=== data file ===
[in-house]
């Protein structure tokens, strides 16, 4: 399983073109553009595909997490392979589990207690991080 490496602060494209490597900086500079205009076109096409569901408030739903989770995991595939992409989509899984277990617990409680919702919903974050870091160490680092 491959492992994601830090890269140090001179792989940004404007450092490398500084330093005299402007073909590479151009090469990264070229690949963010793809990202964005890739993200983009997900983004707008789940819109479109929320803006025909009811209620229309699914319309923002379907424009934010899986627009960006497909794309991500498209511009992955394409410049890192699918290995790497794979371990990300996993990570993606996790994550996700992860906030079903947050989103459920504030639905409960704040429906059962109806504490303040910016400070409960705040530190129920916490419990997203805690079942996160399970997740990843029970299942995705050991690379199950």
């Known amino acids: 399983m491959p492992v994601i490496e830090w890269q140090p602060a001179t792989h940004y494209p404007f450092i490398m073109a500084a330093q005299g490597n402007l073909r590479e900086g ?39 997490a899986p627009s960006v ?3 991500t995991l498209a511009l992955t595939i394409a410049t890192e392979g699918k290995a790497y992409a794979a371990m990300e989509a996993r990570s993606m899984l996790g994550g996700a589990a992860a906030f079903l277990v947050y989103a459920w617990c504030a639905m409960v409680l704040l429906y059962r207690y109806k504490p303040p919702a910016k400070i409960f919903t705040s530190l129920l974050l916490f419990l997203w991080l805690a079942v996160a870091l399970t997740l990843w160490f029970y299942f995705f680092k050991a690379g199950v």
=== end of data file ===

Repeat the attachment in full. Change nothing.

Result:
[in-house]
């Protein structure tokens, strides 16, 4: 399983073109553009595909997490392979589990207690991080 490496602060494209490597900086500079205009076109096409569901408030739903989770995991595939992409989509899984277990617990409680919702919903974050870091160490680092 491959492992994601830090890269140090001179792989940004404007450092490398500084330093005299402007073909590479151009090469990264070229690949963010793809990202964005890739993200983009997900983004707008789940819109479109929320803006025909009811209620229309699914319309923002379907424009934010899986627009960006497909794309991500498209511009992955394409410049890192699918290995790497794979371990990300996993990570993606996790994550996700992860906030079903947050989103459920504030639905409960704040429906059962109806504490303040910016400070409960705040530190129920916490419990997203805690079942996160399970997740990843029970299942995705050991690379199950």
């Known amino acids: 399983m491959p492992v994601i490496e830090w890269q140090p602060a001179t792989h940004y494209p404007f450092i490398m073109a500084a330093q005299g490597n402007l073909r590479e900086g ?39 997490a899986p627009s960006v ?3 991500t995991l498209a511009l992955t595939i394409a410049t890192e392979g699918k290995a790497y992409a794979a371990m990300e989509a996993r990570s993606m899984l996790g994550g996700a589990a992860a906030f079903l277990v947050y989103a459920w617990c504030a639905m409960v409680l704040l429906y059962r207690y109806k504490p303040p919702a910016k400070i409960f919903t705040s530190l129920l974050l916490f419990l997203w991080l805690a079942v996160a870091l399970t997740l990843w160490f029970y299942f995705f680092k050991a690379g199950v």